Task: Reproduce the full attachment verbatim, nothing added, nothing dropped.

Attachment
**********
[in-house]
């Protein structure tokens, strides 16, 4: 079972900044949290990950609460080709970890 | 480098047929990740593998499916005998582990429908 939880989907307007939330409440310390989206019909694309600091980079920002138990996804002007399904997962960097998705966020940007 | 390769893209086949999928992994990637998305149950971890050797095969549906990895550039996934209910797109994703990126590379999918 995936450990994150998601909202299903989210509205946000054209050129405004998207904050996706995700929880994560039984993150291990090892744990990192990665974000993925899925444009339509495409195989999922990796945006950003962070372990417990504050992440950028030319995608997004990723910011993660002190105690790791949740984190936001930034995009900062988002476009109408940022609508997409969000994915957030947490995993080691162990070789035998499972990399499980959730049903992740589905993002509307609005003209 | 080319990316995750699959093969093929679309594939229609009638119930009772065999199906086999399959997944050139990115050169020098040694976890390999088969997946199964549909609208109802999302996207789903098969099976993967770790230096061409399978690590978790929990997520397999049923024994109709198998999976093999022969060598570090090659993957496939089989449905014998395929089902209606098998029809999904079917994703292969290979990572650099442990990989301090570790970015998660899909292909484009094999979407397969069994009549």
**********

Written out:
[in-house]
């Protein structure tokens, strides 16, 4: 079972900044949290990950609460080709970890 | 480098047929990740593998499916005998582990429908 939880989907307007939330409440310390989206019909694309600091980079920002138990996804002007399904997962960097998705966020940007 | 390769893209086949999928992994990637998305149950971890050797095969549906990895550039996934209910797109994703990126590379999918 995936450990994150998601909202299903989210509205946000054209050129405004998207904050996706995700929880994560039984993150291990090892744990990192990665974000993925899925444009339509495409195989999922990796945006950003962070372990417990504050992440950028030319995608997004990723910011993660002190105690790791949740984190936001930034995009900062988002476009109408940022609508997409969000994915957030947490995993080691162990070789035998499972990399499980959730049903992740589905993002509307609005003209 | 080319990316995750699959093969093929679309594939229609009638119930009772065999199906086999399959997944050139990115050169020098040694976890390999088969997946199964549909609208109802999302996207789903098969099976993967770790230096061409399978690590978790929990997520397999049923024994109709198998999976093999022969060598570090090659993957496939089989449905014998395929089902209606098998029809999904079917994703292969290979990572650099442990990989301090570790970015998660899909292909484009094999979407397969069994009549």